As I grew as a man, husband, and father, it became easier to have intimacy with my clients. Education has also played a huge role in my style because as I grew in posing, lighting and other technical bits and pieces, I became free to spend more time on vision, creativity and helping each subject manage their own “hula hoop”.
What I mean by hula hoop is that in my formative years, if a person was nervous in front of the camera, I wasn't confident enough my own abilities to be able to absorb their nervous energy without it affecting the session. I spent more of my time reacting to clients' expressed needs than listening.
Today, I don't find myself overshooting like I may have done in the past. Typically, before I pick the camera up, I know the reason I'm trying to get a shot, and I have worked on doing a better job communicating that concept to my subjects ahead of time. Once you know Why you are taking a photo, the How and What become simply a matter of preference.
Another area where my style has developed is consistency, be it for tonality, simplified backgrounds, mood, expression or even camera orientation.
A good example would be when shooting wedding details for an album; I no longer shoot vertical and horizontal options at a myriad of different locations. When you put those photographs together on a spread, there can be a disconnect in either the layout or tonality.
By growing further in other areas, I've learned the essence of people who are trying to show their value and that my job is to help them be successful. It's not about being right. It's about meeting their needs and earning their trust and then show and communicate my vision and how it might bring them something unexpected that always delights them.
4. What would you say is usually the most common weakness for a photographer who is just starting out in the business?
Insecurity. Confidence is contagious, and we've all heard the slogan, "fake it until you make it." Wise people know that this phrase, of course, means fake your confidence, not your qualifications. There is no substitute for experience, no workshop, DVD, or online learning opportunity that will help you gain confidence like actually doing something. However, one of the biggest strengths that someone new to the business brings to the task is their passion or excitement.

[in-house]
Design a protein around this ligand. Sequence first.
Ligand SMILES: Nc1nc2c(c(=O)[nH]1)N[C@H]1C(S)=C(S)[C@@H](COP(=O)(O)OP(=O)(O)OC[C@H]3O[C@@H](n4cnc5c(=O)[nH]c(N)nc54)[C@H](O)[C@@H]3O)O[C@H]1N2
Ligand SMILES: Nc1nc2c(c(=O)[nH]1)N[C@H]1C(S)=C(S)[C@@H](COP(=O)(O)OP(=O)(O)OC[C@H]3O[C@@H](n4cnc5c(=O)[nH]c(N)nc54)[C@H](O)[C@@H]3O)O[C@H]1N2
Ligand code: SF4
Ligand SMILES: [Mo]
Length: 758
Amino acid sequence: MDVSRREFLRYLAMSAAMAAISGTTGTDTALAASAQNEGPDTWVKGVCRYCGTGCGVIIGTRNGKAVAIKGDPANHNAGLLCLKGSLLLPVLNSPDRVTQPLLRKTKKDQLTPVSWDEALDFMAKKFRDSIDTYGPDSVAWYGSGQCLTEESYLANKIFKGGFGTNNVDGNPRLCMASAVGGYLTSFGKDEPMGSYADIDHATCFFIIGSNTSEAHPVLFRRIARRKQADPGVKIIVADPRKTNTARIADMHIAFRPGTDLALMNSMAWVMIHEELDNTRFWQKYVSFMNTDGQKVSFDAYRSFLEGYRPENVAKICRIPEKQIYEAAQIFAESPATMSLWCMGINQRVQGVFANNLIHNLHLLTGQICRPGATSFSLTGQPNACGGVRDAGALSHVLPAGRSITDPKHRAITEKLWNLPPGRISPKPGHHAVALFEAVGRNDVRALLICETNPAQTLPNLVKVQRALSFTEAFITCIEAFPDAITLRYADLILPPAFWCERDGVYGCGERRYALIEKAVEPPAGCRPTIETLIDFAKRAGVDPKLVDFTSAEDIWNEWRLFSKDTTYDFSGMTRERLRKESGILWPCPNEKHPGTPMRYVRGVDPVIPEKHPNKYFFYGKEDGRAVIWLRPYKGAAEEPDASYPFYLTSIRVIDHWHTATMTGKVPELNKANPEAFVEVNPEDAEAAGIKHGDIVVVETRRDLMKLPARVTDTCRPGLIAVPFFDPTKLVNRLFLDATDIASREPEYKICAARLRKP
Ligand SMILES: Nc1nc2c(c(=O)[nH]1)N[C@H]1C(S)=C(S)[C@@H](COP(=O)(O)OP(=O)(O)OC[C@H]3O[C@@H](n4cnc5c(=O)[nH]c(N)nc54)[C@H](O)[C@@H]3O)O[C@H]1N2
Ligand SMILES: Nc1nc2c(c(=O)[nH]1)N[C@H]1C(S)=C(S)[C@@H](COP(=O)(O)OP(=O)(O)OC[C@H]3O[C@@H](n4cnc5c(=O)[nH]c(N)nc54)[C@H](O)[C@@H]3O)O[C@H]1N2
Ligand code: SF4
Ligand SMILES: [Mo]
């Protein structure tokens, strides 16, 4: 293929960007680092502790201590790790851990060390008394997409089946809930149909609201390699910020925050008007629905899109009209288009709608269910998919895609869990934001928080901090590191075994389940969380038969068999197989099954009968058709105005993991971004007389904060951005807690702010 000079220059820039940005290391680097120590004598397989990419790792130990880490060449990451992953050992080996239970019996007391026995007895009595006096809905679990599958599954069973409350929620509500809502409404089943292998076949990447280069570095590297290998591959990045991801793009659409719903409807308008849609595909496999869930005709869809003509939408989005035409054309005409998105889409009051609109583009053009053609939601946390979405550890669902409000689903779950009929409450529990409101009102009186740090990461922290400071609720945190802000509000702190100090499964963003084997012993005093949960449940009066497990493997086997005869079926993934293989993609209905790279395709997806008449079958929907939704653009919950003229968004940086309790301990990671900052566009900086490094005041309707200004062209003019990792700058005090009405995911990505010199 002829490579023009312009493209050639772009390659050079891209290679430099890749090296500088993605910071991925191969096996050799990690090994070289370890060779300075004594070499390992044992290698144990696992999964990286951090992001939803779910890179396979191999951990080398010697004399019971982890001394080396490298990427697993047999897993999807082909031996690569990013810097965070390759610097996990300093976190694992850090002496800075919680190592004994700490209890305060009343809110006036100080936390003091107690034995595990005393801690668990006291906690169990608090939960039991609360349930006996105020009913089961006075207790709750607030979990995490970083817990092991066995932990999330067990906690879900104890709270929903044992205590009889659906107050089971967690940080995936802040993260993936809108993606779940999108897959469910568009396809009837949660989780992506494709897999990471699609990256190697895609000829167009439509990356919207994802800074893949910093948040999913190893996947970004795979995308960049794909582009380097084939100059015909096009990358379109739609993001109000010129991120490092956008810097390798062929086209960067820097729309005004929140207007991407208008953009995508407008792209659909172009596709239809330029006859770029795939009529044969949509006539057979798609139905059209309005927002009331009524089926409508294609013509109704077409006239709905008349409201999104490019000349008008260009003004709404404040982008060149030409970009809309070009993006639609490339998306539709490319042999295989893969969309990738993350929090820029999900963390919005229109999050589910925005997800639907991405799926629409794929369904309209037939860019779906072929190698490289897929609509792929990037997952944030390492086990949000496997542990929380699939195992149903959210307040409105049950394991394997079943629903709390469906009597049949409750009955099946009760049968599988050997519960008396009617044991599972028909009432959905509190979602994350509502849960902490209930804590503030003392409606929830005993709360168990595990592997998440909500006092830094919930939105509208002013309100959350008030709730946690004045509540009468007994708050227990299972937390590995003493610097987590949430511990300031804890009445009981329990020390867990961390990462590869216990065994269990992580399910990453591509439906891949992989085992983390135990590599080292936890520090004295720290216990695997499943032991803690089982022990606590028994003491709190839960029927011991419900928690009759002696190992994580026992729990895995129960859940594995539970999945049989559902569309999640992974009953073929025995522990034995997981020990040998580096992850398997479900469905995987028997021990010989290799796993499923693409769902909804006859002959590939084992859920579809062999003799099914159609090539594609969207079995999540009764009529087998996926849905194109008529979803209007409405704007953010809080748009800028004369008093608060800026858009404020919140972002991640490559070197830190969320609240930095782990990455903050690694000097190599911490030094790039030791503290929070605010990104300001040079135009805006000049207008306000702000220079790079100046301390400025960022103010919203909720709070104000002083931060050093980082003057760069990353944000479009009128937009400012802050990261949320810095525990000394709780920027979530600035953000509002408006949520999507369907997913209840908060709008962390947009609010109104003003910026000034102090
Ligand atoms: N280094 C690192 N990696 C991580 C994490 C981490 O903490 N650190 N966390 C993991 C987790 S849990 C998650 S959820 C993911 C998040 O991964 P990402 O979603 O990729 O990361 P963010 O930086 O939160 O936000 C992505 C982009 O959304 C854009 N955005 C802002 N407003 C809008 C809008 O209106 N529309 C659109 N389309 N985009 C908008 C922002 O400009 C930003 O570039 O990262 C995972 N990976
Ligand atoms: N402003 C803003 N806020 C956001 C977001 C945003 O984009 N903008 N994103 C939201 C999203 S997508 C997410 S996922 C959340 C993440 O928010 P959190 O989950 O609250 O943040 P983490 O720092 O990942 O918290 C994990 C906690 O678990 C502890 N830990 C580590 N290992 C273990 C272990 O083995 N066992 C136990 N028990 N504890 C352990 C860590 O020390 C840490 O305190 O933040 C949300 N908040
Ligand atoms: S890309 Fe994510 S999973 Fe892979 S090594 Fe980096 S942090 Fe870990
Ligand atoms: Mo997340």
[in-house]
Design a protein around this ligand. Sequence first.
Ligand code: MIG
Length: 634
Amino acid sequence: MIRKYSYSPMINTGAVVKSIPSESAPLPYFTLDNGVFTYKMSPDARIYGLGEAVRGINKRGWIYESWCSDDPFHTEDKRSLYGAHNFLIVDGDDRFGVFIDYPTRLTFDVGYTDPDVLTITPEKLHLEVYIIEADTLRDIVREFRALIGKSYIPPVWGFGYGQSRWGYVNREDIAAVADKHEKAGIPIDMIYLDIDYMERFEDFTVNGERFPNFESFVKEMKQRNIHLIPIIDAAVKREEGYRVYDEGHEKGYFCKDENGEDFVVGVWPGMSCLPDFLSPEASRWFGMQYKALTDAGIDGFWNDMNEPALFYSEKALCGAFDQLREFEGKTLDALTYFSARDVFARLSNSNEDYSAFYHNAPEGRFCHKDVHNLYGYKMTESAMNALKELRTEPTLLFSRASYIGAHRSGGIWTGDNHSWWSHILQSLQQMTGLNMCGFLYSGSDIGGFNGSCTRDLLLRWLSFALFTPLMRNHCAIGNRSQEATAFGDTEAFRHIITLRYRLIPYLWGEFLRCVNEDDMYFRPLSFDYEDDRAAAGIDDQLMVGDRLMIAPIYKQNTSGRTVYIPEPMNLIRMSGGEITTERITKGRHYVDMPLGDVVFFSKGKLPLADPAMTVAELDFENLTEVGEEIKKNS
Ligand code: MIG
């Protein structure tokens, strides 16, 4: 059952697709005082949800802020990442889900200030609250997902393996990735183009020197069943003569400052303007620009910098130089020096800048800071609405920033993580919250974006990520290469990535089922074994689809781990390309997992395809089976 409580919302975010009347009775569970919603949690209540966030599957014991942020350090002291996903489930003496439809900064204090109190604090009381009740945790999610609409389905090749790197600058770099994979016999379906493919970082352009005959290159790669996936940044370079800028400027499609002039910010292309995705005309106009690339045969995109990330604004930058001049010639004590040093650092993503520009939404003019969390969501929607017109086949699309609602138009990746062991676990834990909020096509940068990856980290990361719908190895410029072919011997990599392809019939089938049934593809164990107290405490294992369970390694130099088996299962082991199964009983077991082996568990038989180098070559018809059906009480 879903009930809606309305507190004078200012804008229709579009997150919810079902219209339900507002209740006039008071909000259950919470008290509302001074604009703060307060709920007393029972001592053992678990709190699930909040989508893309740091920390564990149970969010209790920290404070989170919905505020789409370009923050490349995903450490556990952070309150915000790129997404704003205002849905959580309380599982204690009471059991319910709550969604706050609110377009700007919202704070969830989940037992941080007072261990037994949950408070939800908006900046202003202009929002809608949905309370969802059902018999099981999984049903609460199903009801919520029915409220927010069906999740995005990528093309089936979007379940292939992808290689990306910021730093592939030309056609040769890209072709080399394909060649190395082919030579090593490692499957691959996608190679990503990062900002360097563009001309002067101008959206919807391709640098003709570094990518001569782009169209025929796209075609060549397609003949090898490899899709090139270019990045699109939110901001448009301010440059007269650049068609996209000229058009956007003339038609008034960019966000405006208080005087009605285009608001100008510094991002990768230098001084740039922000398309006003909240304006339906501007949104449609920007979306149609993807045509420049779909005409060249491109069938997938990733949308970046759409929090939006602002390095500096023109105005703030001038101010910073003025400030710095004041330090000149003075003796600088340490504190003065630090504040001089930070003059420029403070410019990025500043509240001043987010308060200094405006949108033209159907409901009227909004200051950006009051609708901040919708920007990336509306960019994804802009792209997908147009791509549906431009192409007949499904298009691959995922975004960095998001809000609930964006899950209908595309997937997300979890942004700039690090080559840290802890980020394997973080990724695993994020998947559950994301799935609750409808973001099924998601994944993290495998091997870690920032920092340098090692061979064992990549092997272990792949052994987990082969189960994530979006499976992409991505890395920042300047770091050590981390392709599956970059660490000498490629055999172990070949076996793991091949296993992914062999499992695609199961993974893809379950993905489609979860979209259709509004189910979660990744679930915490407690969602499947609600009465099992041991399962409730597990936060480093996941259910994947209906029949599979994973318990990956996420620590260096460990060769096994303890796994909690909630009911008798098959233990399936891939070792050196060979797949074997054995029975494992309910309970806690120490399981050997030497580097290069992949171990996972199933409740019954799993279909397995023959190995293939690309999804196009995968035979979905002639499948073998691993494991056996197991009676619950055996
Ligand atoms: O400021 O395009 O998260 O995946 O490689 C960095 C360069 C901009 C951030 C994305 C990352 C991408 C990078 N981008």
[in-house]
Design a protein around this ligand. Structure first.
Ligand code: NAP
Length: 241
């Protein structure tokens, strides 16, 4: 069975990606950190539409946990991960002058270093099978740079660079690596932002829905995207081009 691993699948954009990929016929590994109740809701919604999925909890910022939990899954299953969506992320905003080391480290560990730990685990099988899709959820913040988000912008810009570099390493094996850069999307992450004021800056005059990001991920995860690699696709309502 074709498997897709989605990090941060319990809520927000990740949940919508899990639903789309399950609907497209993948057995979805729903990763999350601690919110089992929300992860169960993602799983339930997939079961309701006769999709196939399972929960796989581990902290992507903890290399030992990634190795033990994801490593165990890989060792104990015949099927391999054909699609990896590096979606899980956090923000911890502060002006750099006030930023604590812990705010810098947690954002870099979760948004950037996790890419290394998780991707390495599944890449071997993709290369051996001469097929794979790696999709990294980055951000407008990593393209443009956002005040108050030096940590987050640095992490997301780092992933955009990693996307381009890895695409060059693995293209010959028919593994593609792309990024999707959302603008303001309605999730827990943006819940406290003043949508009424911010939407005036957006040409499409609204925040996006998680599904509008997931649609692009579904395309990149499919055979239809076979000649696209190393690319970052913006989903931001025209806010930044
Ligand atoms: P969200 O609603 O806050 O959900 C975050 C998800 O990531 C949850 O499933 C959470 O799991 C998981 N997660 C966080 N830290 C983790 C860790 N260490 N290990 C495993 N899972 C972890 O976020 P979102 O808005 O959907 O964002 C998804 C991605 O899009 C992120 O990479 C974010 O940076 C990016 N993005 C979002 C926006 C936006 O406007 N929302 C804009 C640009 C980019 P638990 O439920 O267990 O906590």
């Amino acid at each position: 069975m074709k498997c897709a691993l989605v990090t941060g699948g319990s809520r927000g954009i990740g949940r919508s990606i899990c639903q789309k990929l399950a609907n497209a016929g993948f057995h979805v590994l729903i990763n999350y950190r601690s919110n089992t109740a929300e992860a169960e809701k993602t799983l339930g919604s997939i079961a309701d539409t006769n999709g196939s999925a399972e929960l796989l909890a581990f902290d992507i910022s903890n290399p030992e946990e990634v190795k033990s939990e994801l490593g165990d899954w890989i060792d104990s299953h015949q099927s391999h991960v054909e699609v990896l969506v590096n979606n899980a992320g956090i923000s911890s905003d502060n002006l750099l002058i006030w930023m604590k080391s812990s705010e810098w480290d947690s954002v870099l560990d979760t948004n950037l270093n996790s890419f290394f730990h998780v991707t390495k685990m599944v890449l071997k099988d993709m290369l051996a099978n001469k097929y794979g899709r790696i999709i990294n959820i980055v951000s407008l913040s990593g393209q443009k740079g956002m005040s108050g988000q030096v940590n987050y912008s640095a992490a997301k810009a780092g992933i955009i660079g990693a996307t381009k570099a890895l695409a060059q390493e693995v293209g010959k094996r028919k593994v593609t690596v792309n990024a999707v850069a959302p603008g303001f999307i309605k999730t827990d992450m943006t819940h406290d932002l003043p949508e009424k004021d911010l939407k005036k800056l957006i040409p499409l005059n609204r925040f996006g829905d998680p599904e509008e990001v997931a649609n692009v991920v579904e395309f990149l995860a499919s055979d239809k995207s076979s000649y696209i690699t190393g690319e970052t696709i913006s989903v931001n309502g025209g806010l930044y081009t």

So my encouragement and advice would be for newcomers to introduce themselves, then connect and start growing with other fellow photographers. Further, when you think you are ready for lessons, find a mentor, attend a workshop, and pursue more education with your whole heart!
5. What was your biggest failure or mistake when you first started?
My greatest failure was in thinking that once I'd achieved a certain level of success all my problems would be over. Momentum is a never-ending process, and everyone whether new and old at doing something has a ball to keeping pushing to keep their business going. Of course, certain things do get easier over time, but the interesting lesson I’ve learned is that as my business grows, so do my problems and often exponentially.
Thus, if you thought that having to edit one or two sessions a month was tough while working a second job, just because you now are focusing solely on photography doesn't mean that editing 10 or 20 session is any easier unless of course you have learned how to manage your time better.
As an entrepreneur, 20% of my day is spent working for my business and 80% of the time is spent working ON my business. Reverse that formula for your employees. And always, please keep your family your priority.
6. What's your biggest accomplishment?
Becoming a husband and father come immediately to mind. It's that whole death to self-thing. Just when I thought I had done a good job growing and making my world well focused on others, along came our daughter. Now there is this beautiful new life that is completely dependent on us.
Nothing is as humbling as marriage to be able to hold a mirror to all the rough edges you might have as a person that never was an issue when you were single. I am thankful for both my lovely wife and our beautiful daughter and the adventures that still lay before us in life!
Success at home is much more important than any professional accomplishment I will ever achieve.
7. Who are some of the artists outside photography from whom you draw inspiration?